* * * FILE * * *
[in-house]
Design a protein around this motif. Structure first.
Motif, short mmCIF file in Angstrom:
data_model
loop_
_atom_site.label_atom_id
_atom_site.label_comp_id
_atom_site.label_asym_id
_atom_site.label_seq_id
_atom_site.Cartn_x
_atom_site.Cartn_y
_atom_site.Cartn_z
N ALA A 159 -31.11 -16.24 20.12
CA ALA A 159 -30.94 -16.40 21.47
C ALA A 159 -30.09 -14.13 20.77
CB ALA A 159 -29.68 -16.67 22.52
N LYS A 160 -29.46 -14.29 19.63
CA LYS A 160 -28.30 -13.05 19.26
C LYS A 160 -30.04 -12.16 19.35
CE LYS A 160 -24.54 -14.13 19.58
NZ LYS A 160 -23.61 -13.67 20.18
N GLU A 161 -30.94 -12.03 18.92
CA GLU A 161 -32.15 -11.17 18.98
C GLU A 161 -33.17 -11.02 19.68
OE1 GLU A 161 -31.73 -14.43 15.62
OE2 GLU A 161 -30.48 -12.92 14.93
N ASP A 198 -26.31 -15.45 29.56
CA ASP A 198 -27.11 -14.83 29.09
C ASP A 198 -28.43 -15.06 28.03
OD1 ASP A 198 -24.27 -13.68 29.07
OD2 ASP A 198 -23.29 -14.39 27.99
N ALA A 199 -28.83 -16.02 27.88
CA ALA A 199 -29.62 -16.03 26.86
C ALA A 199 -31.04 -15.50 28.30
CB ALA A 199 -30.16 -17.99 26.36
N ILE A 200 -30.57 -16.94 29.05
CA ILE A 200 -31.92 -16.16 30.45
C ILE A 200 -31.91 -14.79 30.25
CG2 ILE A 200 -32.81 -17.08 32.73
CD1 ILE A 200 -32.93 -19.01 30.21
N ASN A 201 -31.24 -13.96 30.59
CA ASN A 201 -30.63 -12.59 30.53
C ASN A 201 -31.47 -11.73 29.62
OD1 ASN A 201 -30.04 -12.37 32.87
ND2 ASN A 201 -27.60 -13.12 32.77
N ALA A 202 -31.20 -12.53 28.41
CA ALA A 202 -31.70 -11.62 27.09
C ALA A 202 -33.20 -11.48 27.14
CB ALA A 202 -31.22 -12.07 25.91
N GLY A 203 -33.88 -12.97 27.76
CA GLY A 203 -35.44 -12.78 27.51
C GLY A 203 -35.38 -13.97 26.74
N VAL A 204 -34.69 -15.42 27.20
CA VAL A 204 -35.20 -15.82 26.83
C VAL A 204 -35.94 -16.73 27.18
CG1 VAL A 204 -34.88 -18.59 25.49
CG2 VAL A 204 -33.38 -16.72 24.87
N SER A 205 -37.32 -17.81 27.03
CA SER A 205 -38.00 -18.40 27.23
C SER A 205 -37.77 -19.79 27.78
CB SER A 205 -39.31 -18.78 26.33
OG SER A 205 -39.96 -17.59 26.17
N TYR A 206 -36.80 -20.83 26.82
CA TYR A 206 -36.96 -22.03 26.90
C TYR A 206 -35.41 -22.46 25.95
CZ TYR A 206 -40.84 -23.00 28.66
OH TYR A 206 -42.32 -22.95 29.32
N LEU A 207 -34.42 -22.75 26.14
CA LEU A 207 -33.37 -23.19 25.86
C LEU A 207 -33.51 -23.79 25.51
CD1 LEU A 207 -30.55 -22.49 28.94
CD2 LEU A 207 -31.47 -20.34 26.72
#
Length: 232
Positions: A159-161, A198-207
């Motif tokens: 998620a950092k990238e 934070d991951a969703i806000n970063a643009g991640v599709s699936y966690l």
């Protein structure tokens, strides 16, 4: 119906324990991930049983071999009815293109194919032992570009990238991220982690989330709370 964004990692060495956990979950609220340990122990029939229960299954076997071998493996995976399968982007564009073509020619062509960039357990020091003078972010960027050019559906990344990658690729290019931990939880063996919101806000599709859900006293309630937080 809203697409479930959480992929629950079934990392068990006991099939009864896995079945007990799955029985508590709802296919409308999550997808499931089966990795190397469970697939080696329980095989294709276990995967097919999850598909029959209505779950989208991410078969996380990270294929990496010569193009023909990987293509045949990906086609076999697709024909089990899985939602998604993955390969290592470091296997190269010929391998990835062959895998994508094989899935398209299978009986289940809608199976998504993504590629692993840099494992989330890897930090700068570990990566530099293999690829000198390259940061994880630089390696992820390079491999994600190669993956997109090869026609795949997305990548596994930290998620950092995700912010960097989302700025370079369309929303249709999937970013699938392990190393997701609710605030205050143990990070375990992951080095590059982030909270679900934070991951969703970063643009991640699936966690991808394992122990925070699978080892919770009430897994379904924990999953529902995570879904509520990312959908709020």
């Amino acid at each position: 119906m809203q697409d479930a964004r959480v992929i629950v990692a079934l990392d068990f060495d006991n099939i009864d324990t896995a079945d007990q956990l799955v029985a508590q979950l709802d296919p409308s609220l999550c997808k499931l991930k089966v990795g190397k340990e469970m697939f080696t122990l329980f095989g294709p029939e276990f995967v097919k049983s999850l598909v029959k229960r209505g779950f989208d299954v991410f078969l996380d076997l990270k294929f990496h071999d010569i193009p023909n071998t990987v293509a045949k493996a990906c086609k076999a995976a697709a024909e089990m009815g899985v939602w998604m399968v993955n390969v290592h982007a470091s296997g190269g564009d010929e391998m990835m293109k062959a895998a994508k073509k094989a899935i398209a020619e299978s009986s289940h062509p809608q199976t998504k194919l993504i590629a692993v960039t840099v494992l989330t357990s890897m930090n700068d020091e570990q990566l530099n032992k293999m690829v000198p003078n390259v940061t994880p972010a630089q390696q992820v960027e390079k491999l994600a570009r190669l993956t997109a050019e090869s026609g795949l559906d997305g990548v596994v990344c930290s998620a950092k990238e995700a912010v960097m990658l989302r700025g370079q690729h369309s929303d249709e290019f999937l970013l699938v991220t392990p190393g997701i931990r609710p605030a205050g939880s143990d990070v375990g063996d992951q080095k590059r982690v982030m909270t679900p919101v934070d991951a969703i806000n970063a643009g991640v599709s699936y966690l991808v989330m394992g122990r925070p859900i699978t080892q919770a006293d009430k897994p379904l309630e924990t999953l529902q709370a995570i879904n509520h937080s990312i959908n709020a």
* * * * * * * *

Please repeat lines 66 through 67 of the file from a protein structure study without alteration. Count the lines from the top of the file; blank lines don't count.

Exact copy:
CZ TYR A 206 -40.84 -23.00 28.66
OH TYR A 206 -42.32 -22.95 29.32